Discover the most sustainable cities in the world

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The world's population has risen to 7.6 billion (UN, 2017), and a large part is concentrated in major cities. These cities contribute the most to greenhouse gas emissions (GHG), and yet, at the same time, they offer the best hope for reducing the ecological footprint on a global scale.

Sustainable cities, crucial to fight against climate change.#RRSSSustainable cities, crucial to fight against climate change.

The world has experienced unprecedented urban growth in recent decades. In 2015, nearly 4 billion people (54% of the world's population) lived in cities, and, according to projections, that number will increase to approximately 5 billion by 2030.

This rapid urbanisation brings with it implicit numerous difficulties such as the growing development of slums, the inadequacy of basic services and infrastructure as well as uncontrolled urban growth, all of which increase the vulnerability of cities to natural disasters. It has also been shown that they are (very active) participants in the escalation of air pollution: According to the latest report Cities and Climate Change, urban settlements are responsible for up to 70% of greenhouse gases while only occupying 2% of the world's territory.

It is therefore necessary to improve urban planning and management in order to make these spaces more inclusive, safe, resilient, and sustainable, as was stated in Objective 11 of the Sustainable Development Goals approved by the UN in 2015.


Cities play a fundamental role in the fight against climate change: They are able to lead the energy transition towards low carbon development based on efficiency and renewable energy.

A sustainable city is one that has been able to introduce greenery into the urban environment to reduce CO2 emissions and improve the quality of its air, has promoted renewable energies to conserve and protect natural resources, has successfully implemented sustainable mobility and the use of public transport, and is committed to a circular economy.

The Sustainable Cities Index [PDF], developed by ARCADIS in collaboration with the United Nations Human Settlements Programme (UN-HABITAT), is an annual report that is supported by the study of the three pillars of sustainability, whose objective is to develop a rating system for the 100 most sustainable cities in the world. These pillars are:

  • The social component: Factors related to the quality of life of a city's inhabitants — health, work, and education —.
  • The environmental factor: Factors related to the conditions which give a city its 'green label' such as its level of pollution, its initiatives to promote recycling, the extension of green zones, and so on.
  • The economic prerequisite: The economic health enjoyed by the inhabitants of a city.

Infographic about sustainable city indexes in the most important cities of the world.#RRSS'Sustainable cities Index 2016'.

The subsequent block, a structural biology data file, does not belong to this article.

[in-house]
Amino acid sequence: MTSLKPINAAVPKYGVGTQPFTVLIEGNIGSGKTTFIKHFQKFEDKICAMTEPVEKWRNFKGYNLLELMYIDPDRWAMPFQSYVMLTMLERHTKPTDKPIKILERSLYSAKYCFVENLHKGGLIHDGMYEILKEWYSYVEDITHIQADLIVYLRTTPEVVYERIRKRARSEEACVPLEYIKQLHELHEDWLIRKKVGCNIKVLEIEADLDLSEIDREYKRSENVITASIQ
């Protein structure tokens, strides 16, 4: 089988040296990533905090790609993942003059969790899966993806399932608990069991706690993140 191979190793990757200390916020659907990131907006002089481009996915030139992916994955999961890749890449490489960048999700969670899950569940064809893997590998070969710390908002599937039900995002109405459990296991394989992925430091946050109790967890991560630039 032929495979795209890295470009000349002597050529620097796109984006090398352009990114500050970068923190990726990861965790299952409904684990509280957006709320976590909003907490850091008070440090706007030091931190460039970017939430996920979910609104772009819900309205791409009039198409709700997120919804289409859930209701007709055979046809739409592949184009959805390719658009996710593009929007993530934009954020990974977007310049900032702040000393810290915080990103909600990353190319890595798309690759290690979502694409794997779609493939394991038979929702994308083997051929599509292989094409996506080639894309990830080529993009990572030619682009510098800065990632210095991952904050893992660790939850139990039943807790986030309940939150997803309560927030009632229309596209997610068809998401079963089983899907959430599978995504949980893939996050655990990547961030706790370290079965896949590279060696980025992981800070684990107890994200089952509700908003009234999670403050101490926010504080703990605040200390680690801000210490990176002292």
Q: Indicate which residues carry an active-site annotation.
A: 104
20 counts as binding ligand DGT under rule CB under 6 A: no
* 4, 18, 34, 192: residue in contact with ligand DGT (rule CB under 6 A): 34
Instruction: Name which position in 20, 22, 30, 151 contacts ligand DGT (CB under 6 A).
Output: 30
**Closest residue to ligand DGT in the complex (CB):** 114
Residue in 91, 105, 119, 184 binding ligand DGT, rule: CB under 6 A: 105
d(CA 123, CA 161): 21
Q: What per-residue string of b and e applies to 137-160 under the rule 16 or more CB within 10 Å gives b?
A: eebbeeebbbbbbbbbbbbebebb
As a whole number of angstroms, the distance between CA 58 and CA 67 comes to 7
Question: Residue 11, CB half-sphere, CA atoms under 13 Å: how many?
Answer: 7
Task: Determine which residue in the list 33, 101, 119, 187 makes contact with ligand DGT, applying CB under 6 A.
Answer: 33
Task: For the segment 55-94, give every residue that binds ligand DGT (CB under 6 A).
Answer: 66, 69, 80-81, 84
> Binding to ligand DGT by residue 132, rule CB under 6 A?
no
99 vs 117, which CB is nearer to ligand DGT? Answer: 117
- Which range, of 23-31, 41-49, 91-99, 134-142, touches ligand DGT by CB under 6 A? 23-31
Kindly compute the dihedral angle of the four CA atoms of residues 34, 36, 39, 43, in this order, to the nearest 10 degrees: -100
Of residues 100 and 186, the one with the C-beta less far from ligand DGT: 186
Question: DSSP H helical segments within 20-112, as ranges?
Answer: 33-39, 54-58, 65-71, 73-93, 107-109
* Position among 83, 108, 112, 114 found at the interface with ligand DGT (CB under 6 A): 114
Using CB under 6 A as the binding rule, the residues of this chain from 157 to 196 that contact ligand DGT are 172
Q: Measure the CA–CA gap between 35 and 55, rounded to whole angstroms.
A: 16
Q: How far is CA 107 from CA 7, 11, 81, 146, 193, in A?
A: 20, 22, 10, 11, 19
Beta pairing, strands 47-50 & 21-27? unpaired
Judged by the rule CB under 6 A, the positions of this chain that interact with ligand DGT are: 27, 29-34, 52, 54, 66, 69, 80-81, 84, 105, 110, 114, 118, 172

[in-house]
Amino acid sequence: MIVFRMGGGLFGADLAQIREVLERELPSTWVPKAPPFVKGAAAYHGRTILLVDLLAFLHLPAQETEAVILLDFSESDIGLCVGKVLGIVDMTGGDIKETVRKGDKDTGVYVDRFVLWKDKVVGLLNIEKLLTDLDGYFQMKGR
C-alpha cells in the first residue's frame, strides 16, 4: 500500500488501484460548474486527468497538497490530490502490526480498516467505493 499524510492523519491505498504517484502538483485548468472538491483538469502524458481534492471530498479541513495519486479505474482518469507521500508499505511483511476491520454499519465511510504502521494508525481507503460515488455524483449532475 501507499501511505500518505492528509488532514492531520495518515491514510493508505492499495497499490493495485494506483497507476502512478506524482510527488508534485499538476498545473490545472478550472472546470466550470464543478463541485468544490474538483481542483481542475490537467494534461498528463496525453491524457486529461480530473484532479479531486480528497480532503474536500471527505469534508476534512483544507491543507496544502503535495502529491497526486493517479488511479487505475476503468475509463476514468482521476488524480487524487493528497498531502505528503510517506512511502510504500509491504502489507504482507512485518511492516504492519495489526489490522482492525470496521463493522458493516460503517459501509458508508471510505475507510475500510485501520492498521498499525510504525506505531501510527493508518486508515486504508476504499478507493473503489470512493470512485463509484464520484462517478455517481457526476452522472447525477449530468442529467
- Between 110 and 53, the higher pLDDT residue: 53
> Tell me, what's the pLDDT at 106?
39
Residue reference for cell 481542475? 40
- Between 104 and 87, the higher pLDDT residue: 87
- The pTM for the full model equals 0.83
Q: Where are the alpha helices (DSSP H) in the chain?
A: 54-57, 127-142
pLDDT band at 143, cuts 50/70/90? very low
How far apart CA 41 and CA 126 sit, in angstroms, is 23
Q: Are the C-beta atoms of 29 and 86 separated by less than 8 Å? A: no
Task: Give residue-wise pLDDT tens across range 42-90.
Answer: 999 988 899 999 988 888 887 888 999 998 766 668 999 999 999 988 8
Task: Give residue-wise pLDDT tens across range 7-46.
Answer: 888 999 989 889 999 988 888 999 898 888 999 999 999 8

SEE INFOGRAPHIC: Sustainable cities Index 2016 [PDF]


Zurich leads the Sustainable Cities Index 2016. Its strong commitment to urban ecology is an additional boost to its already-solid reputation as a liveable city. One of its main initiatives is to become a 2,000-watt society per capita by 2050 — 2,000 watts is the amount established as sustainable energy use —. To achieve this goal, efforts will focus on energy efficiency issues, bioclimatic architecture, electric mobility, and on the awareness of its inhabitants.

Singapore is the most sustainable city in Asia and the second in the world overall. It is estimated that the city's population will exceed 6 million inhabitants in 2030; therefore, the government has focused on improving mobility and connectivity within the city. Furthermore, the city has set the ambitious goal of making at least 80% of its buildings 'green' by that date.

Stockholm, the largest city in Sweden, ranks third in the Sustainable Cities Index 2016. The city obtained a high score in environment and quality of life thanks to the implementation of numerous initiatives to reduce CO2 emissions. Without a doubt, the city has excelled in the development of the Hammarby Sjöstad area, which has gone from an industrial zone to an ecological neighbourhood thanks to the construction of a sustainable water, energy, and waste management system.

The other cities included in this urban sustainable index are London, Amsterdam, Hong Kong, Sydney, New York, Los Angeles, Dubai y Kuala Lumpur.

European Green Capitals.#RRSSEuropean Green Capitals.

 SEE INFOGRAPHIC: European Green Capitals [PDF]

Do you know what the European Green Capital is?

To recognize the important role played by cities and local authorities in the protection of the environment, as well as their high degree of commitment to sustainable progress, the European Commission grants the title of European Green Capital. We present the cities that have obtained this distinction since its creation in 2010 to the present:

  • 2010: Stockholm
  • 2011: Hamburg
  • 2012: Vitoria-Gasteiz
  • 2013: Nantes
  • 2014: Copenhagen
  • 2015: Bristol
  • 2016: Ljubljana
  • 2017: Essen
  • 2018: Nijmegen

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